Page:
Maintaining accountability is one of the most difficult parts of running a security company. You can’t watch your officers 24/7, and when something goes wrong, the first question a property manager will ask is “where was your guy?”
If you don’t have an answer, you could be in danger of losing the contract.
To combat gaps in accountability, many companies turn to GPS systems to track officer movement and provide confirmation of an officer’s presence on the property. In some systems, both supervisors and clients can log into a security patrol software portal to view GPS maps, see where officers are on the property, and ensure they’re moving along their guard tours.
However, GPS security guard tracking doesn’t necessarily provide accountability. Let’s explore some pros and cons.
PRO: Always Know Where Your Officers Are
The most straightforward value GPS tracking offers is increasing officer accountability. GPS helps supervisors keep an eye on officers to ensure they’re doing their job. Is your officer ducking out to grab coffee or take a nap in their car? GPS can tell you. Some GPS-enabled guard management systems allow supervisors to set geo-fences around properties which trigger automatic alerts if guards aren’t in the right place at the right time.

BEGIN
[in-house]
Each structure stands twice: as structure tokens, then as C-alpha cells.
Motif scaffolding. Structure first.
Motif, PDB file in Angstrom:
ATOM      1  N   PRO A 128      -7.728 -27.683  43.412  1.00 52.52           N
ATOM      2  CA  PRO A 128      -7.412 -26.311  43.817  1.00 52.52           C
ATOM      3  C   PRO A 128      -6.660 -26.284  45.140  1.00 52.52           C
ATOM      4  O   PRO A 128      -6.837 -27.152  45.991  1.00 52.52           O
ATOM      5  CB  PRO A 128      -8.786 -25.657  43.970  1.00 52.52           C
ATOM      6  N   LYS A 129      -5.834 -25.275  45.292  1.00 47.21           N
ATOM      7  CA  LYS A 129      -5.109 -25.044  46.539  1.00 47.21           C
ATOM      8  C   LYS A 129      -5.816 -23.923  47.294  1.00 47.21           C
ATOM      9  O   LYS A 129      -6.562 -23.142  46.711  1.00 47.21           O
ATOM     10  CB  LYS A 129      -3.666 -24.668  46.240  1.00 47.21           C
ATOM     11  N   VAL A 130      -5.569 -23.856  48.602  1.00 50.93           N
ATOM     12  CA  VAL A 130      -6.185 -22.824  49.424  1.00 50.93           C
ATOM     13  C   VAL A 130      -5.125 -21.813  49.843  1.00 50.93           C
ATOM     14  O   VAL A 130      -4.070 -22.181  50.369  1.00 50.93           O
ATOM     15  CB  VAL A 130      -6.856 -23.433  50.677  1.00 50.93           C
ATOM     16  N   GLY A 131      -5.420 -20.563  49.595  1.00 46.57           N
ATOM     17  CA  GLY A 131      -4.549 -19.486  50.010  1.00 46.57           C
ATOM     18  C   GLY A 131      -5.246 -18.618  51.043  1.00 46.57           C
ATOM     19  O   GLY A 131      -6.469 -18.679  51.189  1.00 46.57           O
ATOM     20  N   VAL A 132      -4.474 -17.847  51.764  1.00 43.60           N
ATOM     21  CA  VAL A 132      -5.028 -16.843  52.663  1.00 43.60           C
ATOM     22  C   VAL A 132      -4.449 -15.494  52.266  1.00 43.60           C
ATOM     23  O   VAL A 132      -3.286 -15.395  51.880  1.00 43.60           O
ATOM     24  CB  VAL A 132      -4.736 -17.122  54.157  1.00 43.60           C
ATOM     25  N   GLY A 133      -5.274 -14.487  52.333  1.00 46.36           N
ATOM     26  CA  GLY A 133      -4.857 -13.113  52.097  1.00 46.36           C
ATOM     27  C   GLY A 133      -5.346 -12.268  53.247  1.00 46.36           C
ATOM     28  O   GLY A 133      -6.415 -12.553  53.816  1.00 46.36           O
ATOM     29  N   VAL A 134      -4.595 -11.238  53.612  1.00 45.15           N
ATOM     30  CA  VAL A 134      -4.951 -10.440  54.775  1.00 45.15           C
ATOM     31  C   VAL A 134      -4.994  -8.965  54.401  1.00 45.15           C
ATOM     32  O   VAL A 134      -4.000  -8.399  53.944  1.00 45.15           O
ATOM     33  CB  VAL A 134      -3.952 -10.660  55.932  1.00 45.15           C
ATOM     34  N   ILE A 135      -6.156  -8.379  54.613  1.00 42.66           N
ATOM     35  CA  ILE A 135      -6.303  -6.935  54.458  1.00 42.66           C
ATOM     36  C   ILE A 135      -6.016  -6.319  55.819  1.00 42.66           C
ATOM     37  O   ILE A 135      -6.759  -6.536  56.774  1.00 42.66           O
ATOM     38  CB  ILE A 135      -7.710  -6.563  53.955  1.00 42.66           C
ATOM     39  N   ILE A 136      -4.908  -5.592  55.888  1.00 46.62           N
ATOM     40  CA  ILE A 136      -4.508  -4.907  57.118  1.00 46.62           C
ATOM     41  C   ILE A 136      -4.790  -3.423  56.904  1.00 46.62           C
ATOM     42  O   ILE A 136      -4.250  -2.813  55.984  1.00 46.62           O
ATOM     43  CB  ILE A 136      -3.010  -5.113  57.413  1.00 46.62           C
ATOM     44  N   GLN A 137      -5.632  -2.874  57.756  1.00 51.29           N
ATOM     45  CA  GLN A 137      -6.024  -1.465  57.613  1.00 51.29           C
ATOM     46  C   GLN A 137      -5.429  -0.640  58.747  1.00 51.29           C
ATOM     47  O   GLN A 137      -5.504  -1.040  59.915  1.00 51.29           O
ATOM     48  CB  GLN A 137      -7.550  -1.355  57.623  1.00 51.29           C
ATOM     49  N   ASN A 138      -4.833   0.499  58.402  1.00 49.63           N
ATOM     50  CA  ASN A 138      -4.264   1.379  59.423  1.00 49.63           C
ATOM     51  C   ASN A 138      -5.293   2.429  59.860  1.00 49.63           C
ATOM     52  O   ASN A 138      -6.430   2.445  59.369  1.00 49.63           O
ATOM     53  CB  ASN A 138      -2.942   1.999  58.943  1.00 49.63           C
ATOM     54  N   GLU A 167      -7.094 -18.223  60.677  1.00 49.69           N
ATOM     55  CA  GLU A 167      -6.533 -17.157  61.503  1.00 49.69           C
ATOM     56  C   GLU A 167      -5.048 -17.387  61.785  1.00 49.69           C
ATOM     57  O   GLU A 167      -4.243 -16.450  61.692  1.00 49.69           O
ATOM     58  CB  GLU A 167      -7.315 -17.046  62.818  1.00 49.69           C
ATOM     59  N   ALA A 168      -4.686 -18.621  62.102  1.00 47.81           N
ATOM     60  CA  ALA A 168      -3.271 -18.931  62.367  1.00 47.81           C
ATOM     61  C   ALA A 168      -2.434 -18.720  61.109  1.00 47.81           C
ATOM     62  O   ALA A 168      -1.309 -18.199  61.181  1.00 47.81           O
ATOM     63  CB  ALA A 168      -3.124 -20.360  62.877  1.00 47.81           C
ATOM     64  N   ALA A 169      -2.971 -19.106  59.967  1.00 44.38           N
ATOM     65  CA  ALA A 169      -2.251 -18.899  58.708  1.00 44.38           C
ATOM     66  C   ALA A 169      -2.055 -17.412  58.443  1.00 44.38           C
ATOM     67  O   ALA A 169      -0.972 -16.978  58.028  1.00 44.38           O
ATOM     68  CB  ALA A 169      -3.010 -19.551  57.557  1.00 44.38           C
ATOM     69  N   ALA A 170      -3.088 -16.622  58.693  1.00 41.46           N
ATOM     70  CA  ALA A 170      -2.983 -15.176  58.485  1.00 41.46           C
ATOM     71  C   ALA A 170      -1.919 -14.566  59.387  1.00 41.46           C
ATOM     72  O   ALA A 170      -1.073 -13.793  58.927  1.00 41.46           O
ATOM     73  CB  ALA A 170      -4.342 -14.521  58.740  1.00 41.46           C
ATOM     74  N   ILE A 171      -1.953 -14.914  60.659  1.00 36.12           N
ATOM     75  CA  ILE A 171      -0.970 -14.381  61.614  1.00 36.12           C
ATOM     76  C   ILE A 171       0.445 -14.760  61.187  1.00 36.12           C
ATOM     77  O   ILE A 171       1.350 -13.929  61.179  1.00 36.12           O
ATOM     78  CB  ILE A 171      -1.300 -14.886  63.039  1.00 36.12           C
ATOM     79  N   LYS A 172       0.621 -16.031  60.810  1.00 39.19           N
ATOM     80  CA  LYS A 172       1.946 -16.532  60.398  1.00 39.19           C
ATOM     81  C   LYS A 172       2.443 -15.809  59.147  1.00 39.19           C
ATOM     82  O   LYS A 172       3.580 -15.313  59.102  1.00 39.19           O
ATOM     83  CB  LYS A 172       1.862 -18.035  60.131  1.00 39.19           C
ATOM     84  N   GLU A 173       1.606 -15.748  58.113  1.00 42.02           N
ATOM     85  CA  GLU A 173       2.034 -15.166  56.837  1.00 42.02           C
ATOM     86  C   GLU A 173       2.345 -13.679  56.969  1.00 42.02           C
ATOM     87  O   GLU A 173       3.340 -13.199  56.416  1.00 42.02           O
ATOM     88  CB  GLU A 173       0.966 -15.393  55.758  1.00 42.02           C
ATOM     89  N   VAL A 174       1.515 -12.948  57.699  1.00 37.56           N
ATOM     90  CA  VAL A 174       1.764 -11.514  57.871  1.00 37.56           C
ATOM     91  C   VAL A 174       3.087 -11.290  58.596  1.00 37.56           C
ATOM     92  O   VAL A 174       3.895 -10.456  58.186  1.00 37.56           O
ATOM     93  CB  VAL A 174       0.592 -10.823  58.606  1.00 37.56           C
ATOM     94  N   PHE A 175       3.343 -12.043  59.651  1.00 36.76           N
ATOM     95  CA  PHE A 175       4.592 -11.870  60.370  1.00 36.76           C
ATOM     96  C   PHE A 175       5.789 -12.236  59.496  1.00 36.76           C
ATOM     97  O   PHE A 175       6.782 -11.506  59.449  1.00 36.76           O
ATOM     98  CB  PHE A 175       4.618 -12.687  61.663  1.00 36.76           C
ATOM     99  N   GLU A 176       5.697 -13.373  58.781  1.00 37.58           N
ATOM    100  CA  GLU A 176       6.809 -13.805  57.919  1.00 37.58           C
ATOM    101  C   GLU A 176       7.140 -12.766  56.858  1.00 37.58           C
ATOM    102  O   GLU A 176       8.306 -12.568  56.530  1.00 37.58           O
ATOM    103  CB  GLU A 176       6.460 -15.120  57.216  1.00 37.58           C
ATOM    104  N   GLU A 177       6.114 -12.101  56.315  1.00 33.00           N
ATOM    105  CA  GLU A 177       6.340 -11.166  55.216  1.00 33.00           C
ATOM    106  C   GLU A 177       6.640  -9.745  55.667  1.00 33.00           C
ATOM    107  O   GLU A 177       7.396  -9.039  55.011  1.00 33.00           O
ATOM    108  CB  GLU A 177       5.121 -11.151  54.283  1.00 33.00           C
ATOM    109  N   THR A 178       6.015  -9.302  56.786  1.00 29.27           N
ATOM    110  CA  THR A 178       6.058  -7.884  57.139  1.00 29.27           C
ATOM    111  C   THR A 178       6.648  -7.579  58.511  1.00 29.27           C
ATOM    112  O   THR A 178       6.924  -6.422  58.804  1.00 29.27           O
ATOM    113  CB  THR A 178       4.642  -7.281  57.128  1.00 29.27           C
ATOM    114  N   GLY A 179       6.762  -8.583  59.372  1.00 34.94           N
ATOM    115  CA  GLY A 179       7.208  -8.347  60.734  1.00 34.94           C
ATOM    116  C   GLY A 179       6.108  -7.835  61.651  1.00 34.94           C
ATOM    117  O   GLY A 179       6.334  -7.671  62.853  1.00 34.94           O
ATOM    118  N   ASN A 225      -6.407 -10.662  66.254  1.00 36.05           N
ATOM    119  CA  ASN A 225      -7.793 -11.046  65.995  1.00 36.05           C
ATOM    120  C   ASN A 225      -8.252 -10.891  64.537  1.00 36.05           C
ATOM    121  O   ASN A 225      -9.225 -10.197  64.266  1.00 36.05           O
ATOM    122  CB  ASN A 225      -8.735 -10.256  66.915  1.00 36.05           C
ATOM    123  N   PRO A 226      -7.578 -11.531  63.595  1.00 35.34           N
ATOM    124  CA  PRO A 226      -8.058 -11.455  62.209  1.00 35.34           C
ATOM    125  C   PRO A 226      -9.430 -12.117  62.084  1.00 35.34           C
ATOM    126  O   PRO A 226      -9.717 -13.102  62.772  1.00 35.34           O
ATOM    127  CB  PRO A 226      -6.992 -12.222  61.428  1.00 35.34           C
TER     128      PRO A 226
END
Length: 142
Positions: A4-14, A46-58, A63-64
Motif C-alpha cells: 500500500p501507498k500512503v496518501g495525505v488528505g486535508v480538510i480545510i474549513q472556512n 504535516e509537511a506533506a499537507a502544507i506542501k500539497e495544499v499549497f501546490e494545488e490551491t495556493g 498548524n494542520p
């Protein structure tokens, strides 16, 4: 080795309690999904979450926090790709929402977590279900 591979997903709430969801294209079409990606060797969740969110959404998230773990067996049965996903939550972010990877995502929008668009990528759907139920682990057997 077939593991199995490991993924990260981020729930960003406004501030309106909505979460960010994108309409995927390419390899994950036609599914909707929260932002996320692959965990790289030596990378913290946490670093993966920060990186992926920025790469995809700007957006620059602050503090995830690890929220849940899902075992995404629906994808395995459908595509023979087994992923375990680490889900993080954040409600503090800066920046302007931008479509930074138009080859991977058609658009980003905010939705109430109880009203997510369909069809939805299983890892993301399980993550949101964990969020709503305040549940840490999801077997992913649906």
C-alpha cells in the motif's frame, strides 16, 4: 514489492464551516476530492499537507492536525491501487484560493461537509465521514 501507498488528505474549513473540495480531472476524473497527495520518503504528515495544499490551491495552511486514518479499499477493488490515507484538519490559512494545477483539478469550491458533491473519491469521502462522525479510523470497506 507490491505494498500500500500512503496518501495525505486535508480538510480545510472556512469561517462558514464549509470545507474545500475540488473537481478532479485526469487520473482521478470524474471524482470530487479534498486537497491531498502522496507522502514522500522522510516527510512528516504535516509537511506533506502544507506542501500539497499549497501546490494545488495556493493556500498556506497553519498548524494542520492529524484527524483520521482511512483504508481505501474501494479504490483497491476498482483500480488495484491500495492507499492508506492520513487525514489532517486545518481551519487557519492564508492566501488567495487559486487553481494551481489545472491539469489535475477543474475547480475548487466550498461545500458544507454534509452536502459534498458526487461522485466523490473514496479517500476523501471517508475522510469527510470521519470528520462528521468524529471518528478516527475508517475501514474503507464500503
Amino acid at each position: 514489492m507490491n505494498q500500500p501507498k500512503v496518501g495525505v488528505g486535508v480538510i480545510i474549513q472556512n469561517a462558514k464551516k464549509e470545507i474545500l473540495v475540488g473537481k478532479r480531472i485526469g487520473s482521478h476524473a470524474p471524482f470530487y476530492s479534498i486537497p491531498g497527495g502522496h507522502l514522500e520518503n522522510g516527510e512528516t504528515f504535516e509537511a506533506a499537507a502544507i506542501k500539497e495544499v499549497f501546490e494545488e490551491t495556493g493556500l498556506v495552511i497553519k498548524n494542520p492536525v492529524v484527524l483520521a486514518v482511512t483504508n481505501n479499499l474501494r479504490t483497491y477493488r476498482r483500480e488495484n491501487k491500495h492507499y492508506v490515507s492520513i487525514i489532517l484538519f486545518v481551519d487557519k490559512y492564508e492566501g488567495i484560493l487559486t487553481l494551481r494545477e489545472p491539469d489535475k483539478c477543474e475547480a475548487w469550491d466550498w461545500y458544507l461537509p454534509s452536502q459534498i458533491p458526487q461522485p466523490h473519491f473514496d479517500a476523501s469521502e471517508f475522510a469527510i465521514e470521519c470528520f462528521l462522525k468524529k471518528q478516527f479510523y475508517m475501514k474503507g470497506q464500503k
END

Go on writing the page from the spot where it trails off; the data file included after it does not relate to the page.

PRO: Defend Against False Claims
If an angry client calls and says your officer wasn’t on site at some point during a shift, you can use GPS records to prove them wrong. GPS tracking systems can tell you where all of your officers are, ensure they’re performing their guard tours to completion, and even help track your service vehicles. Systems like Silvertrac record GPS location with each check-in and report, giving you a historical view of where your officers were and when.
PRO: Guarantee Safe Patrols
Beyond accountability, GPS can be used to make sure mobile patrols are conducted in a safe manner. Software designed to track vehicles can use GPS to keep track of speeding, hard stops, and fast acceleration in order to offer a comprehensive view into your officers’ driving habits.
GPS tracking can also give management an idea of how thoroughly a security vehicle patrol is being executed — after all, an officer won’t be able to perform a complete survey on a property at 35 MPH. Monitoring the way your team drives can help ensure the long life of your vehicles as well. Technology in this space is advancing quickly — Silvertrac recently launched a new feature to track the rate at which checkpoints are hit to ensure thorough and safe patrols and guard tours.